RE: [PATCH 2/6] x86: hv: hv_init.c: Replace alloc_page() with kmem_cache_alloc()
From: Vitaly Kuznetsov
Date: Fri May 10 2019 - 09:22:57 EST
Michael Kelley <mikelley@xxxxxxxxxxxxx> writes:
> From: Vitaly Kuznetsov <vkuznets@xxxxxxxxxx> Sent: Wednesday, May 8, 2019 7:55 AM
>> >> Sorry, my bad: I meant to say "not cache-like" (these allocations are
>> >> not 'cache') but the typo made it completely incomprehensible.
>> > No worries! Thank you for sharing your thoughts with me, Vitaly.
>> > Do you know of any alternatives to kmem_cache that can allocate memory
>> > in a specified size (different than a guest page size) with alignment?
>> > Memory allocated by alloc_page() is aligned but limited to the guest
>> > page size, and kmalloc() can allocate a particular size but it seems
>> > that it does not guarantee alignment. I am asking this while considering
>> > the changes for architecture independent code.
>> I think we can consider these allocations being DMA-like (because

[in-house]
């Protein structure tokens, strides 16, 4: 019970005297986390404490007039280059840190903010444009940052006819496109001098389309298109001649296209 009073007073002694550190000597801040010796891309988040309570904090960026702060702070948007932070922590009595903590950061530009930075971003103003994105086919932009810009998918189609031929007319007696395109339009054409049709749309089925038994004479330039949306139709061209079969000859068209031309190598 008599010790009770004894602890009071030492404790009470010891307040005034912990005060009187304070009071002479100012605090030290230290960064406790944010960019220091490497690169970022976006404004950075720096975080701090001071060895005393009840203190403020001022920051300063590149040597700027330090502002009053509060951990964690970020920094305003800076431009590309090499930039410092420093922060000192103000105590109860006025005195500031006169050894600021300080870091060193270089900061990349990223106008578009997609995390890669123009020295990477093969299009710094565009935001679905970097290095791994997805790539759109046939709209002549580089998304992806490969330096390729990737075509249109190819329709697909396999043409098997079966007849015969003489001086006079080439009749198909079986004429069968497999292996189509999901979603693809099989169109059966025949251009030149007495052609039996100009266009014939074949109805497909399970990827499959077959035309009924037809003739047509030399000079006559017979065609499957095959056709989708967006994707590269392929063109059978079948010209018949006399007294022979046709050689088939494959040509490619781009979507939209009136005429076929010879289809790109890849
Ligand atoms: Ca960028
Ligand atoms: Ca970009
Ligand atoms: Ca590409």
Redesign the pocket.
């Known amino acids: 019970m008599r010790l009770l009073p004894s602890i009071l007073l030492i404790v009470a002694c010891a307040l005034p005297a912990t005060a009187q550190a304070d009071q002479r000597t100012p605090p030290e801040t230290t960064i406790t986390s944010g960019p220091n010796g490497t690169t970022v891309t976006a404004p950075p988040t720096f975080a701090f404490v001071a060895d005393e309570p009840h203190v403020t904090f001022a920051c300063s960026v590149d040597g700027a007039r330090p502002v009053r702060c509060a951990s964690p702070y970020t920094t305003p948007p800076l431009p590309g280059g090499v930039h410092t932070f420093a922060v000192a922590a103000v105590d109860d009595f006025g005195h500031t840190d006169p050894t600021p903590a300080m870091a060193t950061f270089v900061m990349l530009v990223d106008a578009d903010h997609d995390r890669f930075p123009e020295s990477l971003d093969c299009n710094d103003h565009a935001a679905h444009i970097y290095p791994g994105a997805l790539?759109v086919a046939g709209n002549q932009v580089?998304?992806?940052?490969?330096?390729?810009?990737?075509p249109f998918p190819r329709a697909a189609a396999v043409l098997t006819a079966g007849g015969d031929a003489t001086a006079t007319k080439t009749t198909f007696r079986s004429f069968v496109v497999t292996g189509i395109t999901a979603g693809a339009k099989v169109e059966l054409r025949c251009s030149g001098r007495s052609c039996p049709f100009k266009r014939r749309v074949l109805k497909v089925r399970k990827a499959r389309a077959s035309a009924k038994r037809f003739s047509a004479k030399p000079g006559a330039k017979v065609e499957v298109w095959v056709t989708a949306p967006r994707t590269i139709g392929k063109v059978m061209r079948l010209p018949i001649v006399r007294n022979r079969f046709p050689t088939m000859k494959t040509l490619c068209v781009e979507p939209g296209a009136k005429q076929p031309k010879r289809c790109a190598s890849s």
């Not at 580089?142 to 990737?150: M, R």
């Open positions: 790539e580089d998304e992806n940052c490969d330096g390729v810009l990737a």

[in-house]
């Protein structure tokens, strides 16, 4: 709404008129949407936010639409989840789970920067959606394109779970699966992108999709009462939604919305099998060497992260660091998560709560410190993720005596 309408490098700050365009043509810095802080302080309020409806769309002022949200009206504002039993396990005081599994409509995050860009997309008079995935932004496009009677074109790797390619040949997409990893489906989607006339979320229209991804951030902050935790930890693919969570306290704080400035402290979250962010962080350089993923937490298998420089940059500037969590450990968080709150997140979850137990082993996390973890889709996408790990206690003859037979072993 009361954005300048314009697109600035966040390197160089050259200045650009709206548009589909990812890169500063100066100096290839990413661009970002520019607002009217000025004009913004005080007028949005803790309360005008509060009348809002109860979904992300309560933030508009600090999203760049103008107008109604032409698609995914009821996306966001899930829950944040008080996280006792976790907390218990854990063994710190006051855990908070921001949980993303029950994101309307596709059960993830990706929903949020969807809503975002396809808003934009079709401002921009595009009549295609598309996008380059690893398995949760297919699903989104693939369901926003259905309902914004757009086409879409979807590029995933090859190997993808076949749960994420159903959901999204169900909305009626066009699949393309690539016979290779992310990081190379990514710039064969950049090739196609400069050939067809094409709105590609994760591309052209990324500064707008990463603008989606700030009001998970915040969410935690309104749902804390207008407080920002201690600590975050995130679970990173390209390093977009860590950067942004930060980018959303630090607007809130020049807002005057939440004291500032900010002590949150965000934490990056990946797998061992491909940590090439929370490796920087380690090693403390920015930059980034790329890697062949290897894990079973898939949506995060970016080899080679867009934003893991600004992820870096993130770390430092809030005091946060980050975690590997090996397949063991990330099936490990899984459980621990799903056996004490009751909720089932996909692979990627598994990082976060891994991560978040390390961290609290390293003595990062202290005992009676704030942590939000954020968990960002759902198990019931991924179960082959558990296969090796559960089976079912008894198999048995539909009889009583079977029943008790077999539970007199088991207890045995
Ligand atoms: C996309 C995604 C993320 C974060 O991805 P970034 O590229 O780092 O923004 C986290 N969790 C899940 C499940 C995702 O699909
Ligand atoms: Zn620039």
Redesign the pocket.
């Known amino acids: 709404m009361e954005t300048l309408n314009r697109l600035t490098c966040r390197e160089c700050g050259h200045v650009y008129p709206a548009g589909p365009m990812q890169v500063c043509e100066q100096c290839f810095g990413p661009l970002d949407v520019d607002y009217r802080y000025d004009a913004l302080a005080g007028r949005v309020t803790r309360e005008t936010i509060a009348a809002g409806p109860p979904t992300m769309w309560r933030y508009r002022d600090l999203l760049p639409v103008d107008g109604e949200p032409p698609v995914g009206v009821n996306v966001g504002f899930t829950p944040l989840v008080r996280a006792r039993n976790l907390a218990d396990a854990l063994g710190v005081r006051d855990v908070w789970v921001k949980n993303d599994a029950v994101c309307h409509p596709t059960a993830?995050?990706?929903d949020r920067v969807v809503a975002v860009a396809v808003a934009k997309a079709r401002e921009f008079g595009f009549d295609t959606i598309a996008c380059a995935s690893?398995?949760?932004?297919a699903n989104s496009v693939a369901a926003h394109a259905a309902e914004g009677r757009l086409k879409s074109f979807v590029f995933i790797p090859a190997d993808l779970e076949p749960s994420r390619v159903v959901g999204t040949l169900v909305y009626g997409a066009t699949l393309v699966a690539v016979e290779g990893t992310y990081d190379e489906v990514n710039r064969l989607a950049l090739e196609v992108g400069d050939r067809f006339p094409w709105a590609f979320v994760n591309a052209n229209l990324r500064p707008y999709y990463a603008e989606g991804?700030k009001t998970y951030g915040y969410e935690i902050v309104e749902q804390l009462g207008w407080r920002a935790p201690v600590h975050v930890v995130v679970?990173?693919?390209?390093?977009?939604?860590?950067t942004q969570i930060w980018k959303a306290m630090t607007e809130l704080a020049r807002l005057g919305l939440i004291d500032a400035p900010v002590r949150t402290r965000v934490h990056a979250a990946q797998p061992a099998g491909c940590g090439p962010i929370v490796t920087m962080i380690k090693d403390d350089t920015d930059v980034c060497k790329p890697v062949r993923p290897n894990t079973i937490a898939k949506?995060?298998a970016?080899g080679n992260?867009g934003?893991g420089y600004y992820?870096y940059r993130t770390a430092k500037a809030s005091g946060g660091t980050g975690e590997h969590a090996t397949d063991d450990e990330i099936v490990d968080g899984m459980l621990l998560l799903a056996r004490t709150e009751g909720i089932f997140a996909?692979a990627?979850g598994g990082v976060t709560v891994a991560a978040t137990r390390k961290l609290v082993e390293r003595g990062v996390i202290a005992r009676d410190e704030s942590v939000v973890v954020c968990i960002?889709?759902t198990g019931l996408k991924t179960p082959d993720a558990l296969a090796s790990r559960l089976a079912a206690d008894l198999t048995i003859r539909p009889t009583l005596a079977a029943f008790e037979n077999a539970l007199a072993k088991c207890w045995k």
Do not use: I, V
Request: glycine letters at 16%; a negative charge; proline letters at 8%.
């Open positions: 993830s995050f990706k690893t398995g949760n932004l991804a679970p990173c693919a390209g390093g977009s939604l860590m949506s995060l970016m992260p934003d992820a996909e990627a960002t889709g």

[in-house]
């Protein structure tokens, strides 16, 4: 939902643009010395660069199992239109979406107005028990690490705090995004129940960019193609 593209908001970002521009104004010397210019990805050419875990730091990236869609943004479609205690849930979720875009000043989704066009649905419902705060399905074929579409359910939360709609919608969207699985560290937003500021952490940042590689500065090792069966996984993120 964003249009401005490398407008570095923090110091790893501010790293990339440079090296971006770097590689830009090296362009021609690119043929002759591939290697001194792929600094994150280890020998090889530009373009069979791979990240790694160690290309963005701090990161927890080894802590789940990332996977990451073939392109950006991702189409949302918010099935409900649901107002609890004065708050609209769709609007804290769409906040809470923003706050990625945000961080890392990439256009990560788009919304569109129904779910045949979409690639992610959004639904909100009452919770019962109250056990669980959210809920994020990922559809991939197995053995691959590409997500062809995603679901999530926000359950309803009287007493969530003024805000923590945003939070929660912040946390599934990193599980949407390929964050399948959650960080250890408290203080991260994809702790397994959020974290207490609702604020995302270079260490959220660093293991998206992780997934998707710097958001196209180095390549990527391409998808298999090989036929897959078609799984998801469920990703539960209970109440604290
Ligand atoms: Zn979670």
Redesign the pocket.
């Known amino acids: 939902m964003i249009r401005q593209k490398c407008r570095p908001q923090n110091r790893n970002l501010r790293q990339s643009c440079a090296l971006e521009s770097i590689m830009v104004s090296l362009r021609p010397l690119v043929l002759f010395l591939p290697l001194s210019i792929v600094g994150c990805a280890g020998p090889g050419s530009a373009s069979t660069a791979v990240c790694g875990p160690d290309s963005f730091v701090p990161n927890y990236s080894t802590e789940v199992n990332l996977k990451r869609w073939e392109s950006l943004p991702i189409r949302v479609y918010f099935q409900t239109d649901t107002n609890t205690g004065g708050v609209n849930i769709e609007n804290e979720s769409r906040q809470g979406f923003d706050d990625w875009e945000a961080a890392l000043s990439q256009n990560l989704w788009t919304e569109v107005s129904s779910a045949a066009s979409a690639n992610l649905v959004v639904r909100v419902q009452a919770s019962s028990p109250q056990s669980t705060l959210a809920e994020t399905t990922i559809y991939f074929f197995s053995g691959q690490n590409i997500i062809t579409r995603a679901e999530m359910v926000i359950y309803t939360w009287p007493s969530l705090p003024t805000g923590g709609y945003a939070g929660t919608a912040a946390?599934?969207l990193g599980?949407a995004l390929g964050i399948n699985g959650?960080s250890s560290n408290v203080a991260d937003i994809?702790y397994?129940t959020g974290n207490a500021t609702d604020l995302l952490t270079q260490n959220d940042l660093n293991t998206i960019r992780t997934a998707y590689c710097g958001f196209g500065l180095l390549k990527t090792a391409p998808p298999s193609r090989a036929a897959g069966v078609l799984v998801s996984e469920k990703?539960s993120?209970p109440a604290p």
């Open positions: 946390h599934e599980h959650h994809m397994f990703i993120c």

>> Hypervisor accesses this memory too) so you can probably take a look at
>> dma_pool_create()/dma_pool_alloc() and friends.
> I've taken a look at dma_pool_create(), and it takes a "struct device"
> argument with which the DMA pool will be associated. That probably
> makes DMA pools a bad choice for this usage. Pages need to be allocated
> pretty early during boot for Hyper-V communication, and even if the
> device subsystem is initialized early enough to create a fake device,
> such a dependency seems rather dubious.
We can probably use dma_pool_create()/dma_pool_alloc() from vmbus module
but these 'early' allocations may not have a device to bind to indeed.
> kmem_cache_create/alloc() seems like the only choice to get
> guaranteed alignment. Do you see any actual problem with
> using kmem_cache_*, other than the naming? It seems like these
> kmem_cache_* functions really just act as a sub-allocator for
> known-size allocations, and "cache" is a common usage
> pattern, but not necessarily the only usage pattern.
Yes, it's basically the name - it makes it harder to read the code and
some future refactoring of kmem_cache_* may not take our use-case into
account (as we're misusing the API). We can try renaming it to something
generic of course and see what -mm people have to say :-)